Raise the heat to medium-high, stir in the sherry and cook, stirring frequently until the sherry has reduced by about two-thirds. Stir in the broth and coconut milk, add the herbs and bring to a simmer. Reduce the heat to low and simmer until the vegetables are tender, about 10 minutes.

Remove the chowder from the heat and cool to room temperature. Being careful to avoid the bay leaf and thyme twigs, remove about 2 cups of vegetables with a little broth and puree in a blender or food processor. Stir the puree back into the chowder and refrigerate for several hours or overnight to mix and meld the flavors.

To serve: bring the chowder to a rapid simmer over medium-high heat, add the shrimp, corn and bell pepper and simmer for 2-3 minutes or until the shrimp are pink and cooked through. Stir in the lime zest and juice, ladle into bowls and garnish with chopped cilantro or chives.

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One Year Ago – Dhal (Lentils) with Roasted Cauliflower
Two Years Ago – Spiced Chai
Three Years Ago – Roasted Cauliflower, Radicchio & Arugula Salad
Four Years Ago – Old Fashioned Pot Roast
Five Years Ago – Pasta from the Pantry
Six Years Ago – Tartiflette – An Alpine Casserole with Cheese & Potatoes
Seven Years Ago – Four Cheese Lasagna Bolognese with Spinach
Eight Years Ago – Curried Chicken and Lentil Soup

Or Click Here! for a complete list of and links to all the recipes on this blog!

What about you? What are your New Year’s resolutions? Feel free to share!

Want more? I’ve got links to lots more to read, see & cook. © Susan W. Nye, 2017

Merry Christmas Mom & Bûche de Noël

mom_xmas_11My mother loved Christmas. As far as I can figure, she loved everything about it. She loved decorating the house, shopping for her family and gathering that family around her. Not too long ago, Mom lost her long fight with Alzheimer’s disease. Her battle gear was her beautiful smile, her infectious laugh and, most important, her kind heart.

I will keep my mother in my heart at Christmas and throughout the year with memories and stories. Here are some of my favorite images of Mom at Christmas:

Baking cookies. I’m sure that other mothers on Jackson Road baked dozens and dozens of cookies in a multitude of varieties. At our house, Mom, my sister Brenda and I rolled out and baked a batch of sugar cookies. If one existed at the time, we probably made them from a mix. We did not turn out a cornucopia of magnificent cookies but the afternoon was filled with laughter and singing. What Mom lacked in enthusiasm for baking, she made up in her enthusiasm for life.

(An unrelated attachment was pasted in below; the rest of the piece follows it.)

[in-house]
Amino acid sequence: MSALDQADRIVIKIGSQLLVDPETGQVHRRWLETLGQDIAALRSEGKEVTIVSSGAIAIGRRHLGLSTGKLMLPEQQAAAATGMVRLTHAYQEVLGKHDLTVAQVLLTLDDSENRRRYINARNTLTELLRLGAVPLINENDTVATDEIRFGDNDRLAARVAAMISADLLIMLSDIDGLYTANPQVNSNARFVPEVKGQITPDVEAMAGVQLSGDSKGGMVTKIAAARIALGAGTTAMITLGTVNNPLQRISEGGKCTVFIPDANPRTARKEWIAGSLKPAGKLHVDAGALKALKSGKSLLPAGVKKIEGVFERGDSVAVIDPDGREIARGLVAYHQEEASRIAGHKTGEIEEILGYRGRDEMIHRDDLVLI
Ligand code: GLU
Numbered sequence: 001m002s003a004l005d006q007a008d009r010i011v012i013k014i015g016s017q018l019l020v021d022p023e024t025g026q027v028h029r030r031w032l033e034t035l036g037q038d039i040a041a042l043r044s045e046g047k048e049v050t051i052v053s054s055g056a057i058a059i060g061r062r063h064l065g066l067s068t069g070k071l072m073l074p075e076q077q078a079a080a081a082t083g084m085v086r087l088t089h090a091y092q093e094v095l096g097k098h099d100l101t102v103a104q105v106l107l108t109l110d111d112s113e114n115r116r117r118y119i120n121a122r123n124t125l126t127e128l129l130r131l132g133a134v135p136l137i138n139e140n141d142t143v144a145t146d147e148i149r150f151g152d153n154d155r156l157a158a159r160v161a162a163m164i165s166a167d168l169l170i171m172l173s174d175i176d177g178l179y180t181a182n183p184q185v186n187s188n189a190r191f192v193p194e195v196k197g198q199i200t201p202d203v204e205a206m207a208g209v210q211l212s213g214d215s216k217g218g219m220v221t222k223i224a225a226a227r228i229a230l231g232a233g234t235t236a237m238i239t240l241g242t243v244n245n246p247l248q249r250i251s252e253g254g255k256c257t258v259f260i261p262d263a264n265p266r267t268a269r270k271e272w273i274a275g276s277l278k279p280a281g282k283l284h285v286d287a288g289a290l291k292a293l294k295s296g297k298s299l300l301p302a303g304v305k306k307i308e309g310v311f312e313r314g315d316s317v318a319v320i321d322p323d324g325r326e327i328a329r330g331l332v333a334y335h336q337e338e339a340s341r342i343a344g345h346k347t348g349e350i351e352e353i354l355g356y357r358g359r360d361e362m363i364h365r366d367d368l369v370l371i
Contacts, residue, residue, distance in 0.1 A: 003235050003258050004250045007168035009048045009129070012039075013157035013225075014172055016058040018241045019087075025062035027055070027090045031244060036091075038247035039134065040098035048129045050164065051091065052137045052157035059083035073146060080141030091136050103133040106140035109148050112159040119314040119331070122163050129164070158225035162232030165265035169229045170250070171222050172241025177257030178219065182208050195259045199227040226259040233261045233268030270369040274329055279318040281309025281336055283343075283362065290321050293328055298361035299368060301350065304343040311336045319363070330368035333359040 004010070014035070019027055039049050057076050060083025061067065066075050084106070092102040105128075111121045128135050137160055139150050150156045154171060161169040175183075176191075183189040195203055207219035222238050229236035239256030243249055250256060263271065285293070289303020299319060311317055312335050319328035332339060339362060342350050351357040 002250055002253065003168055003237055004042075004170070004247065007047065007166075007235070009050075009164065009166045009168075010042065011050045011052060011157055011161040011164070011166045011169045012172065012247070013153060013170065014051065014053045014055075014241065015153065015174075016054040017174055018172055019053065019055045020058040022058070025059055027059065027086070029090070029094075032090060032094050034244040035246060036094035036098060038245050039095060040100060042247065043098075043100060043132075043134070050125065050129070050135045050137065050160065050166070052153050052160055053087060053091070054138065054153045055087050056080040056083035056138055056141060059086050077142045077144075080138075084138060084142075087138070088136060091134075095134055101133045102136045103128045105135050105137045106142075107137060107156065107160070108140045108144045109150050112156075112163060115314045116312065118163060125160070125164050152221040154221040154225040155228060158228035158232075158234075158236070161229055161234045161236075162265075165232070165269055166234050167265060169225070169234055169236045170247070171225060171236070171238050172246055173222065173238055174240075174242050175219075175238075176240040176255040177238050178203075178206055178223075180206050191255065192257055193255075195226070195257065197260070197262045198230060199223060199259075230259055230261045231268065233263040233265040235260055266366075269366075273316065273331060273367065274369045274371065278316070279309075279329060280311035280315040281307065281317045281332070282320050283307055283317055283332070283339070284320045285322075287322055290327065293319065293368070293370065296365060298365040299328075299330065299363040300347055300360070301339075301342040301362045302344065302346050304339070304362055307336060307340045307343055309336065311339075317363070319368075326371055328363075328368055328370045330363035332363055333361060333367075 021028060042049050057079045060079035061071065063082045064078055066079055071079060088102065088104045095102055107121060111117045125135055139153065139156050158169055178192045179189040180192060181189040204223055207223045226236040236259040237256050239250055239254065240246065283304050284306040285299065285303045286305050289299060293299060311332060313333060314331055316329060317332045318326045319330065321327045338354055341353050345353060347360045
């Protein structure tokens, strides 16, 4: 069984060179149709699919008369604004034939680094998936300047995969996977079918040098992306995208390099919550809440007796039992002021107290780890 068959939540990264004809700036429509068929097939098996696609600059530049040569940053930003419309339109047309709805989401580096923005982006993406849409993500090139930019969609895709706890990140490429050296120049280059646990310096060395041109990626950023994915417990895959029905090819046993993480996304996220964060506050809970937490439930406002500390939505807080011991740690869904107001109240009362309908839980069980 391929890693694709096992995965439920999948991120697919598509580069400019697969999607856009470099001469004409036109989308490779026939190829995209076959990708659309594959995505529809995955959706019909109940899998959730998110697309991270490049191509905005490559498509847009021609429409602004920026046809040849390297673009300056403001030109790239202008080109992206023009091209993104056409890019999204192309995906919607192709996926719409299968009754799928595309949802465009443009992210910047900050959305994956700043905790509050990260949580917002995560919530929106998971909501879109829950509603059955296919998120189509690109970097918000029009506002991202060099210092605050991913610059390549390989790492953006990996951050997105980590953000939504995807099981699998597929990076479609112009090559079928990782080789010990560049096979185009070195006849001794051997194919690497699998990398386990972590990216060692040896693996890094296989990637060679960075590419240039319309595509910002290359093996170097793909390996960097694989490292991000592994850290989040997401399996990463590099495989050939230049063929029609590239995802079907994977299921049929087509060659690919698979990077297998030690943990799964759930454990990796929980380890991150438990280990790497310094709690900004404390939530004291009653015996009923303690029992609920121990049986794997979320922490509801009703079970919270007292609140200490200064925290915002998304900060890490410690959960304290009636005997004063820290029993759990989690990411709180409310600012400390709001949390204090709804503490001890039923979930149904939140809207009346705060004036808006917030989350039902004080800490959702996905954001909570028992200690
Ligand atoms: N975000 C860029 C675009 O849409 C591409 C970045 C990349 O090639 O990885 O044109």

Tree shopping. Mom was quite particular about our Christmas tree. Most years we went tree shopping as a family. The year my brother John was born, she decided to stay home with the baby. She entrusted this critical task to her husband and two little girls. The three of us bought and returned not one tree but two before she gave up. She bundled Johnny into his snowsuit and back we went to the garden shop. She perused, she studied, rejected and perused some more, until, she did indeed find the perfect tree.

The annual lights tour. Dad strung lights in and around the rhododendrons and Mom hung a wreath with a big red bow on the front door. As displays go it was pretty simple; no sleighs on the roof or flashing lights. For that, the Nye family jumped in the car for a rambling tour of the neighborhood. A week or two before Christmas, usually on a Sunday evening, we would twist and turn down one street and then another in search of spectacular lights. Without a doubt, Mom was the world’s best audience. I can still hear her enthusiastic oohs and aahs.

Santa_bookChristmas story time. In early December, Mom pulled out The Life and Adventures of Santa Claus to read to Brenda and me. Worn from countless readings, my mother was a tiny girl when Santa left the book under her tree. Its sixteen wonderful chapters chronicle the life of Nicholas the Woodcarver. The story is filled with love, kindness and generosity. It will make you cry, make you smile and fill you with goodwill. At five, I was convinced that it was all true. I still am.

Lipstick and coffee. We were that family. On Christmas morning, our lights were on before the sun began to think about rising. In spite of or maybe because of our predawn start, Mom insisted on two things – lipstick and coffee. Hopping from one foot to the next, we impatiently waited for Dad to make the coffee and Mom to put on her bright red lipstick. It seemed like forever but, finally, we could pile down the stairs.

Dancing with delight. Bows flew, paper ripped and tags were lost. Finally, it was Mom’s turn and Dad handed her an enormous box. She tore in (we were not a save-the-paper family) and let out shriek. Inside, swathed in a thick layer of tissue was a mink stole from Alfred M. Alexander Furs of Boston. It was another time, before it was politically incorrect to wear fur. Mom immediately pulled it from the box, threw it over her shoulders and danced around the living room – red lipstick, bathrobe, slippers, mink stole and all.